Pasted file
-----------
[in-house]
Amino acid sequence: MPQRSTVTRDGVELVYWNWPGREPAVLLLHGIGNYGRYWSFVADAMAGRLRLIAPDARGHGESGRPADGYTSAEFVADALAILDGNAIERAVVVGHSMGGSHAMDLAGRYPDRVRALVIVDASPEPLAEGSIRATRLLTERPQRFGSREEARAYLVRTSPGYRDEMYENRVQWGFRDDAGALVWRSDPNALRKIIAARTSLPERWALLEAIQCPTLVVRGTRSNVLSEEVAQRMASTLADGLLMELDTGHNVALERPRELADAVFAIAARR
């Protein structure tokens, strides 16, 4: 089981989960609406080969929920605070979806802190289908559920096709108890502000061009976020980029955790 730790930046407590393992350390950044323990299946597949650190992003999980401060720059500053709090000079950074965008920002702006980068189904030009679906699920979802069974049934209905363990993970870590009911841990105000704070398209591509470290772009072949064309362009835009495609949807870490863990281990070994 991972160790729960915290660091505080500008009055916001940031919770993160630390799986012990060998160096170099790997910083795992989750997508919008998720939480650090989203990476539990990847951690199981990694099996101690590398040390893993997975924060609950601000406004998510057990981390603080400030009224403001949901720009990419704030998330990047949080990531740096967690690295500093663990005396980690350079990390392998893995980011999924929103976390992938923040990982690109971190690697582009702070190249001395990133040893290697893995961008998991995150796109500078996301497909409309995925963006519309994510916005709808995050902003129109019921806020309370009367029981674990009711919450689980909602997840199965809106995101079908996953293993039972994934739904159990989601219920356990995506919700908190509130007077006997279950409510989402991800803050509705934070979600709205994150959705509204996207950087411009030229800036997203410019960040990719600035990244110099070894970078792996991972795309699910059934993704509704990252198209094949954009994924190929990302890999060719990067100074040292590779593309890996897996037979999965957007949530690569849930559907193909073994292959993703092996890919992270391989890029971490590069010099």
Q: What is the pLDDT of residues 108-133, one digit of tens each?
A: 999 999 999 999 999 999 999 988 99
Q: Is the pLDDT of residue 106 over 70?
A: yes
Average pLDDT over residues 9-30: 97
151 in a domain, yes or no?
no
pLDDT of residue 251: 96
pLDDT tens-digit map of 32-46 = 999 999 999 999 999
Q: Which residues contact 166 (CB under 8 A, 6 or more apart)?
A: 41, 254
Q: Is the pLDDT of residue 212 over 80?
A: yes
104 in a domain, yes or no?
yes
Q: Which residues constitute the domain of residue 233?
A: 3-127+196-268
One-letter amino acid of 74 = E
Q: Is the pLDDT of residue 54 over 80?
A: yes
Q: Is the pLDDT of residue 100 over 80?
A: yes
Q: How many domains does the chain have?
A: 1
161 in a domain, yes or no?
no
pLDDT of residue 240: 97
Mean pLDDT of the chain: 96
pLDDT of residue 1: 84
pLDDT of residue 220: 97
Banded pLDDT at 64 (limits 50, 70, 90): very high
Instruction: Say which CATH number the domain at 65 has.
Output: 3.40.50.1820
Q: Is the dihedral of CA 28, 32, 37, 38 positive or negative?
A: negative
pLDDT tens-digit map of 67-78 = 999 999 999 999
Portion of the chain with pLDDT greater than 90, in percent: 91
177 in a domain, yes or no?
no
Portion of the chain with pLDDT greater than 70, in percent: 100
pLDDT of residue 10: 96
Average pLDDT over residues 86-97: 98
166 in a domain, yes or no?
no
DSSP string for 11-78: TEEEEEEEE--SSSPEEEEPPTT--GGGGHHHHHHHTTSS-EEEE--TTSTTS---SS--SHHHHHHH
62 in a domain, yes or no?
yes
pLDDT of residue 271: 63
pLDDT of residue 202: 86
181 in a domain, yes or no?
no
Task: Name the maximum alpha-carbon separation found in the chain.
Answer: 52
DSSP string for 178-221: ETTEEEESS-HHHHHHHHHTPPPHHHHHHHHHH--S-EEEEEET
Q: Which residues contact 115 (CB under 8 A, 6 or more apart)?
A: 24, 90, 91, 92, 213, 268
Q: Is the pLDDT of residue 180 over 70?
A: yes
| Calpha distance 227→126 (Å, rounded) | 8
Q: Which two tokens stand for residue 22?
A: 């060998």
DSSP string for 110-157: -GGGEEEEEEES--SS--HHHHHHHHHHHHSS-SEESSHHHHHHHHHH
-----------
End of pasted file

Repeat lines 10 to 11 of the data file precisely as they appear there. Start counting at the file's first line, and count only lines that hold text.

no
pLDDT of residue 251: 96